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Cuisine in Melaka

RAPTOR WATCH 2012 (MARCH 10-11) IS BACK

23 February 2012 | last updated at 12:34am

Raptor Watch takes flight for 13th straight year

MALACCA: Raptor Watch, one of the region’s biggest bird-watching events, promises yet another exciting spectacle this year.
Organised by the Malaysian Nature Society (MNS) in partnership with the Malacca government, the event will take place for the 13th straight year at PNB Ilham Resort, near Tanjung Tuan, on March 10 and 11.

Every year, spectators get to see thousands of raptors, also known as birds of prey, migrate north to their breeding grounds in Siberia, China, the Korean peninsula and Japan from their winter refuge in the south.

Tanjung Tuan, which is gazetted as a forest reserve, is the nearest landfall across the Straits of Malacca from Indonesia and is an important site for the birds to rest or catch thermals before continuing on their journey.

Due to its importance to migratory birds, the 60ha site is designated as an important bird area by Birdlife International.

MNS conserves the forest reserve by promoting Raptor Watch, through which it raises awareness of raptors and the need to conserve their habitat.

Visitors come from Singapore, Taiwan, the Philippines and Thailand. Last year, about 2,000 turned up.

This year, MNS hopes to get even more spectators to take part in activities, which include guided walks, eco-talks, games, arts and crafts, an obstacle course and a treasure hunt.

MNS head of communications Andrew Sebastian said last year’s raptor count went up to 57,000 birds over more than 40 days.

“This year, we have spotted 141 raptors, which may seem like a small number, but this is a good sign, as it means the birds will come in big numbers in March.”

For details, visit http://mnsrw2012.wordpress.com

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Tourism Malaysia

History: Melaka River

Once dubbed ‘Venice of the East’ by European seafarers back in those days when the state has yet to be formed, Melaka River is the point where the history of the great empire of the Malay peninsular, Melaka began. A Prince from Sumatra, Parameswara (the founder of Melaka) had established his sultanate near the mouth of this river in the early 1400s, and his palace was built on the east-bank of the river at the foot of St. Paul’s Hill, then known as Melaka Hill.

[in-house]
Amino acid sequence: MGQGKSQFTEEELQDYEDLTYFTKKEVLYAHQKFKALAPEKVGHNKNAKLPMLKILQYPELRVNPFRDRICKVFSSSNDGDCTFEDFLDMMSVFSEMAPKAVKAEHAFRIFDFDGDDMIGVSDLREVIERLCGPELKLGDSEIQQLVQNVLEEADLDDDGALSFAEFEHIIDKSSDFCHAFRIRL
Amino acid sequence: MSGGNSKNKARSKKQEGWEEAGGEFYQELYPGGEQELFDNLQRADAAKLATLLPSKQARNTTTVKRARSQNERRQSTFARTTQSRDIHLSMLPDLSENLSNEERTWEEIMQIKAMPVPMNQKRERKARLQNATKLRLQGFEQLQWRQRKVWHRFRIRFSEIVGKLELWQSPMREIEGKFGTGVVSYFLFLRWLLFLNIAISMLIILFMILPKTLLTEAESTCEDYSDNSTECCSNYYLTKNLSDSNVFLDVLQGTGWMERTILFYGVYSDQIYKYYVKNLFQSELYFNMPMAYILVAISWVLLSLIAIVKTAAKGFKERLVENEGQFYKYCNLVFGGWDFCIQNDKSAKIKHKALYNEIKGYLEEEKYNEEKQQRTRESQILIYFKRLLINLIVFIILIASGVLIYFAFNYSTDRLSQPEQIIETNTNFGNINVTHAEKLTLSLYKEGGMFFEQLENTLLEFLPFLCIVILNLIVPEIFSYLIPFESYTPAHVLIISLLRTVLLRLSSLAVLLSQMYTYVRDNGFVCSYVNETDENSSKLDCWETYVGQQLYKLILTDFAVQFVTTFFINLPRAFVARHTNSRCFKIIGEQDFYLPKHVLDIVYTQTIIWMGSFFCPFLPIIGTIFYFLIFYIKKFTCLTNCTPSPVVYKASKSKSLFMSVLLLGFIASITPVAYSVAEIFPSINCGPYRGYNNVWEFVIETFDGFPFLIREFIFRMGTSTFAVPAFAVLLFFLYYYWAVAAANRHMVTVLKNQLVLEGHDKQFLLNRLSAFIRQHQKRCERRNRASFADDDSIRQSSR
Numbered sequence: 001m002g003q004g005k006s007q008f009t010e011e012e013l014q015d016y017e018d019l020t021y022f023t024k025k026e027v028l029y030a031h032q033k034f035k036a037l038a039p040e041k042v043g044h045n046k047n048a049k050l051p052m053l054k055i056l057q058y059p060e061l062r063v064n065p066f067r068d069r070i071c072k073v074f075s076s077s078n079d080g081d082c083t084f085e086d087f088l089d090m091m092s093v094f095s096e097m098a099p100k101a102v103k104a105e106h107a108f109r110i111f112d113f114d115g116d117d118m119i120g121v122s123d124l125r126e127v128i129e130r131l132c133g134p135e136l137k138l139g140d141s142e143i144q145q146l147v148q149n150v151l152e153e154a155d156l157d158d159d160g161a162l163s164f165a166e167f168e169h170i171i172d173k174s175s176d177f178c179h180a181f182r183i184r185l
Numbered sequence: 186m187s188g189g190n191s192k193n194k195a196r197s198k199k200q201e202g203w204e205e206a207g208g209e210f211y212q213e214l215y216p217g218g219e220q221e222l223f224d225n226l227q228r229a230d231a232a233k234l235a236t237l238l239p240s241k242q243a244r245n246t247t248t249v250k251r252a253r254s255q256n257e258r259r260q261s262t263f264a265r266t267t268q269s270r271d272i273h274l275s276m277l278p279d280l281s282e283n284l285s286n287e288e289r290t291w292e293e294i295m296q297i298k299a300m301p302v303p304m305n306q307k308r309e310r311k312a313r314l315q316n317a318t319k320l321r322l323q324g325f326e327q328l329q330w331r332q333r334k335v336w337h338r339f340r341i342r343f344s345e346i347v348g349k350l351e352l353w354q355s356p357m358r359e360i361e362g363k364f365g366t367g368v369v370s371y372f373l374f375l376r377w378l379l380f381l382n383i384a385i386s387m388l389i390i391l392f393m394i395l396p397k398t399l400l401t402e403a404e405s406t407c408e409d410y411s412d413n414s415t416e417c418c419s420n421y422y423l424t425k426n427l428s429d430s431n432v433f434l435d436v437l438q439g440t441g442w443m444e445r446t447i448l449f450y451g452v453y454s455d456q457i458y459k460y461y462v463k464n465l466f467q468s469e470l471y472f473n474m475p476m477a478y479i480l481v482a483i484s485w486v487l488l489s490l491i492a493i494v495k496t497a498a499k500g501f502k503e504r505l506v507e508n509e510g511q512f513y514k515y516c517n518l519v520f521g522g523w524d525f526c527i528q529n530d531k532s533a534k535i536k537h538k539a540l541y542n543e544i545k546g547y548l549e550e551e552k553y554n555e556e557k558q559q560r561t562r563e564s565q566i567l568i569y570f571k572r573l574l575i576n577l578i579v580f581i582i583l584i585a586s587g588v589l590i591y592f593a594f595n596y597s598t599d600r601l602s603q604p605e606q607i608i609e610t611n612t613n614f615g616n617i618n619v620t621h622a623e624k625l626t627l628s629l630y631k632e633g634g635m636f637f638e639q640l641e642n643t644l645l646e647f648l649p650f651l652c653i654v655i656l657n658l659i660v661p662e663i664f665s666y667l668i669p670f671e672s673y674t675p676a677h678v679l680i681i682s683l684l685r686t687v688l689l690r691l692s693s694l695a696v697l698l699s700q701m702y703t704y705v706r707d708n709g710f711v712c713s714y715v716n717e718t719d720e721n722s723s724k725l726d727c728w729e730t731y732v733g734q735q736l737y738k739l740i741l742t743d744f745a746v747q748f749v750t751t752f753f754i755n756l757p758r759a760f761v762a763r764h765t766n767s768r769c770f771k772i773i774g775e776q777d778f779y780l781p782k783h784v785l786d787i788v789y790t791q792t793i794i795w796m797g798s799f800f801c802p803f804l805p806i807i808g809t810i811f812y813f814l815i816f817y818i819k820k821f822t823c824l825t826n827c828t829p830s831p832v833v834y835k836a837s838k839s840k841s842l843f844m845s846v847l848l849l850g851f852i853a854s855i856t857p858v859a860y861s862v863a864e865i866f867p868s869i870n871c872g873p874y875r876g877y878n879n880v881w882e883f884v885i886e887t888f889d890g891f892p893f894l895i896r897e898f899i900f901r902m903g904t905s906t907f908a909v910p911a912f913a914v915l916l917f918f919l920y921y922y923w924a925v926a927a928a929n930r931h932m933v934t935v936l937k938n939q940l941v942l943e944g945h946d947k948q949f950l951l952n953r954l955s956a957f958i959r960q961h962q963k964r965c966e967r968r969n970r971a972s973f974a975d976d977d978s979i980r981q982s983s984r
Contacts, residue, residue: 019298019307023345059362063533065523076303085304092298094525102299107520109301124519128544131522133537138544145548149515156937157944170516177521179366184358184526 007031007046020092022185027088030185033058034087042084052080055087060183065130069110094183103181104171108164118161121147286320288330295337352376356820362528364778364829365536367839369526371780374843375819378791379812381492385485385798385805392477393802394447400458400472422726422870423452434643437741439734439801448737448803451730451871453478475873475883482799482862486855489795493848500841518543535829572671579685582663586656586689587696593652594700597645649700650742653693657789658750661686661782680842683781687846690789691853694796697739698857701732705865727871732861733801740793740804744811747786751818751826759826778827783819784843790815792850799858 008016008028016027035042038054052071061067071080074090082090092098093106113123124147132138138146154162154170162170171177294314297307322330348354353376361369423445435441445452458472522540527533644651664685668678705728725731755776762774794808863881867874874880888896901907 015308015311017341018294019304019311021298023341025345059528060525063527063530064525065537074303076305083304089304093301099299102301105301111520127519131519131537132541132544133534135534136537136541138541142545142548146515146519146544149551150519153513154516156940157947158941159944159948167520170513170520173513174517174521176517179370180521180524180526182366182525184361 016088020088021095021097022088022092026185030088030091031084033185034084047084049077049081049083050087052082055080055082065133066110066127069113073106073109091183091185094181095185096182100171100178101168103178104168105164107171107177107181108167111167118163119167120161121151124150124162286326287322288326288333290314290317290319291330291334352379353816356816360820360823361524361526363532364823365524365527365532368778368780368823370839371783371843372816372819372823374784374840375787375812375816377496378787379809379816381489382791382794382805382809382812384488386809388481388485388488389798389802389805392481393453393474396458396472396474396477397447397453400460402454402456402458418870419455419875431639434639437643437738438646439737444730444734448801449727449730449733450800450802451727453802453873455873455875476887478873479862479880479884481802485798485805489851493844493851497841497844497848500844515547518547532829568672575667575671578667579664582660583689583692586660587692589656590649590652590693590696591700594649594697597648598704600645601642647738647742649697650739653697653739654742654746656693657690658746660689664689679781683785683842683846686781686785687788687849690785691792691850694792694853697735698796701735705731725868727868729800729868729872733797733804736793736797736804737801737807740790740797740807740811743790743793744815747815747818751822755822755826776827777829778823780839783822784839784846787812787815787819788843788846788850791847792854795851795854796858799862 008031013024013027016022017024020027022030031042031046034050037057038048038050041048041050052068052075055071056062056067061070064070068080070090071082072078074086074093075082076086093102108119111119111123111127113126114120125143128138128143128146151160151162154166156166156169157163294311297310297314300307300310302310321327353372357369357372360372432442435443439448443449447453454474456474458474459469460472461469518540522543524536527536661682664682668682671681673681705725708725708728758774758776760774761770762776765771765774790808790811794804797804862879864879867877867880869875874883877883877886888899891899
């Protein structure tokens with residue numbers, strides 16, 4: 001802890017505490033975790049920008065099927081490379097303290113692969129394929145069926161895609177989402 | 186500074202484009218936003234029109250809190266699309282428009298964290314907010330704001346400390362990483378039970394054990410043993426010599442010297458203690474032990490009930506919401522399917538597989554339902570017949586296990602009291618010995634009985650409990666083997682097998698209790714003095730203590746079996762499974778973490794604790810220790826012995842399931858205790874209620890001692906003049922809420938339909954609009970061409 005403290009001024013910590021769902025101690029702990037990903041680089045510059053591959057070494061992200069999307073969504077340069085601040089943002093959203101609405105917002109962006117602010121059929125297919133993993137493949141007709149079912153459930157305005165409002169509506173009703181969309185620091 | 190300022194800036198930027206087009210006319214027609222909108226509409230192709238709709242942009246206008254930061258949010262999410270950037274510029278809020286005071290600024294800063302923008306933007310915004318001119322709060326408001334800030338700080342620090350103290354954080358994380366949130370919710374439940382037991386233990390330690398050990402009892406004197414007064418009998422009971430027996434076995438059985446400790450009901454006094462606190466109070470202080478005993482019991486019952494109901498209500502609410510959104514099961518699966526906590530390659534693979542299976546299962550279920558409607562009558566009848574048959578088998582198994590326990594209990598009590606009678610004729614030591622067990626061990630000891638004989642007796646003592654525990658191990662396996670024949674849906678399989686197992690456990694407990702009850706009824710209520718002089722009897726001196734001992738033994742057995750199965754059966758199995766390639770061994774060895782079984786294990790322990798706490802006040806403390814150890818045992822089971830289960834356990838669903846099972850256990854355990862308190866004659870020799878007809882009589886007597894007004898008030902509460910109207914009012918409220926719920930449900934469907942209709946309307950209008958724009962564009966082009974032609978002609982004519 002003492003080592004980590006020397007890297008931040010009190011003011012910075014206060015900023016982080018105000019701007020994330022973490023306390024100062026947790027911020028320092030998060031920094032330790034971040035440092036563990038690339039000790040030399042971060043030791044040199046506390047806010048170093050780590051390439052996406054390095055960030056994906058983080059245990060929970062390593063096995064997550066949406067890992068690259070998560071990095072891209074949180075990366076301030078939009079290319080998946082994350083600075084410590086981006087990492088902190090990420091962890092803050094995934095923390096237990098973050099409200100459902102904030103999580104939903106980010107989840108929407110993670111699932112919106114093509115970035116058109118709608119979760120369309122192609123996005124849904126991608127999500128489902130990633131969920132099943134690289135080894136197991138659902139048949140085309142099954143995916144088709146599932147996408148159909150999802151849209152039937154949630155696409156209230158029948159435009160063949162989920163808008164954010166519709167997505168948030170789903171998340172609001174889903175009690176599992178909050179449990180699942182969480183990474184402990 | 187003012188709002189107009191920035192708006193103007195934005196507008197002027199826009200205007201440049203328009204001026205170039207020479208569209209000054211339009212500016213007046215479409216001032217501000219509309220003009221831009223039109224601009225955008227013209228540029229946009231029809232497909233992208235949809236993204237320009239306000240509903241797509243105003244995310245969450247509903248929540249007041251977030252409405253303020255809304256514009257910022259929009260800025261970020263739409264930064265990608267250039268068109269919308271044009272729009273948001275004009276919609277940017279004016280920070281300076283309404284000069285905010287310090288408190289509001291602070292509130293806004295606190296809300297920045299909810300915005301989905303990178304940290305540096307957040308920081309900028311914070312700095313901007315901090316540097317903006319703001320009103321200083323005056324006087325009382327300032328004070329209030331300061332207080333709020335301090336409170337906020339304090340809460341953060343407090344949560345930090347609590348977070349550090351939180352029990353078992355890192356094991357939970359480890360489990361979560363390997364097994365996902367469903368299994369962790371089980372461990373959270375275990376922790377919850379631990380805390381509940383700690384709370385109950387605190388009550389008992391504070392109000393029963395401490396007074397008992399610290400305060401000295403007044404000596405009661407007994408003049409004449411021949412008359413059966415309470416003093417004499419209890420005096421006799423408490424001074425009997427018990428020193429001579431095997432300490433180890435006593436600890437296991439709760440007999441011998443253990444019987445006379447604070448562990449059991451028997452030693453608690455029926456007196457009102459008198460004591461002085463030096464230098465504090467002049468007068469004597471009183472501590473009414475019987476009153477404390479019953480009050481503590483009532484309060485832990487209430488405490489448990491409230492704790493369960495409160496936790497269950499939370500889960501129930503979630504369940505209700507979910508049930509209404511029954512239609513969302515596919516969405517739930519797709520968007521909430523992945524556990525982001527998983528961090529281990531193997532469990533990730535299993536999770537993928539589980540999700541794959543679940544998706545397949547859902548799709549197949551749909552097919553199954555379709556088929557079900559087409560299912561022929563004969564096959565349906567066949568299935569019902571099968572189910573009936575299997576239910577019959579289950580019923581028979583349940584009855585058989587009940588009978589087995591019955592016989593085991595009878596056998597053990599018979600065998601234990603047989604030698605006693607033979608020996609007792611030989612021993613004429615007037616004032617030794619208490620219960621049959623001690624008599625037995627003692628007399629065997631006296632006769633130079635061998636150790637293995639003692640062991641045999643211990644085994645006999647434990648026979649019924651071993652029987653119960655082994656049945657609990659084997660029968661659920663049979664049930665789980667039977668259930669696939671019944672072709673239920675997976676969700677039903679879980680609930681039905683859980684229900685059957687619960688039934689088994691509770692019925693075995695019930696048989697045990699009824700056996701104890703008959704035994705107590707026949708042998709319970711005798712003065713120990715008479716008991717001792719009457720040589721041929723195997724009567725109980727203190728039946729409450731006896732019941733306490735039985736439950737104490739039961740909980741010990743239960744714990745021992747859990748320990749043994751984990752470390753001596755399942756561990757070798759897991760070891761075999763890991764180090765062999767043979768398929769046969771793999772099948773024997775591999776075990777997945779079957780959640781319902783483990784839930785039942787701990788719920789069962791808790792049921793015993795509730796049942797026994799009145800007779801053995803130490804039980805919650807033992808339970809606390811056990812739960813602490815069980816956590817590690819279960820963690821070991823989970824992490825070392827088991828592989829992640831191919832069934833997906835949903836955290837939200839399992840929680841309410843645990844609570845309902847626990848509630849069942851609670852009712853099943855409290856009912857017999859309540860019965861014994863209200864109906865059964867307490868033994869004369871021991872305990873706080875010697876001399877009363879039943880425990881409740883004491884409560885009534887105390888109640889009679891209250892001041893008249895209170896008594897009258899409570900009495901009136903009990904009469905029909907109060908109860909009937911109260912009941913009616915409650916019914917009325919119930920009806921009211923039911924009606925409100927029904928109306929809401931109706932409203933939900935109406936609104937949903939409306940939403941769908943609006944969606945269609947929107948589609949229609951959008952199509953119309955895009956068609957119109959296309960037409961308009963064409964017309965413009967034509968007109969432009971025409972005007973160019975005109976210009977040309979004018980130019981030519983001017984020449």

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Cuisine in Melaka

ANCIENT ARTEFACT IN BABY SHARK STOMACH

Woman finds ancient Portugese artefact in baby shark

inShare
The Star/Asia News Network
Wednesday, Feb 22, 2012

MALACCA – A baby shark being prepared for lunch gave a family here a big surprise – an ancient artefact believed to be dated long before the Portuguese conquest of Malacca.

Housewife Suseela Menon, from Klebang, made the priceless discovery while filleting the fish for lunch.

It is believed to be a medallion worn by the Portuguese soldiers, presumably as a divine protection, during their conquests in this part of the world in the 16th century.

One side of the medallion is a profile of a woman’s head with a crown and encircled by a halo and an inscription that is unclear. The other side is a crucifix with an engraved inscription that read ANTONII.

Checks with a local historian revealed the head engraving could be that of Queen Elizabeth, the consort of King Denis I of Portugal during his reign from 1271 to 1336.

Ms Suseela said she immediately cleaned the medallion and preserved it in a box.

‘I bought two sharks from the wet market and was taken aback upon discovering the object inside the stomach of one of the fishes,’ said the 47-year-old mother-of-two at her home yesterday.